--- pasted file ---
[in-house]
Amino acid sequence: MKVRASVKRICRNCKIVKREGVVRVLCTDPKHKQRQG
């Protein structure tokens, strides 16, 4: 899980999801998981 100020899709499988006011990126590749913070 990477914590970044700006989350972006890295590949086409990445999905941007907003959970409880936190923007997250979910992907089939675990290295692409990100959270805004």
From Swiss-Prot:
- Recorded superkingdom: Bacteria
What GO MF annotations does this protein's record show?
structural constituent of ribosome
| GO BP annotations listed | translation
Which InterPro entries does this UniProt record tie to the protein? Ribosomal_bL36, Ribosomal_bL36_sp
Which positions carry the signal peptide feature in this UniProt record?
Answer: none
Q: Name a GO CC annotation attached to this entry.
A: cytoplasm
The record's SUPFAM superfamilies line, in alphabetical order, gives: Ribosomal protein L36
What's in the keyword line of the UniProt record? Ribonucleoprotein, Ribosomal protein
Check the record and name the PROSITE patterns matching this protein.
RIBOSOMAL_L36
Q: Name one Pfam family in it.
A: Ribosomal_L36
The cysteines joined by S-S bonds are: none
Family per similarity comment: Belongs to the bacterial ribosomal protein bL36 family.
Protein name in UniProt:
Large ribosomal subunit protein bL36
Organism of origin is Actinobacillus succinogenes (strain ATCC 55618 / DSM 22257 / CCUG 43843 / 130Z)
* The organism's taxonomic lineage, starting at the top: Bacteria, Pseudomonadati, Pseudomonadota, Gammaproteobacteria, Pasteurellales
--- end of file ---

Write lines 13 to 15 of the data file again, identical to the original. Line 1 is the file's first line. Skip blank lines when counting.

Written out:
A: cytoplasm
The record's SUPFAM superfamilies line, in alphabetical order, gives: Ribosomal protein L36
What's in the keyword line of the UniProt record? Ribonucleoprotein, Ribosomal protein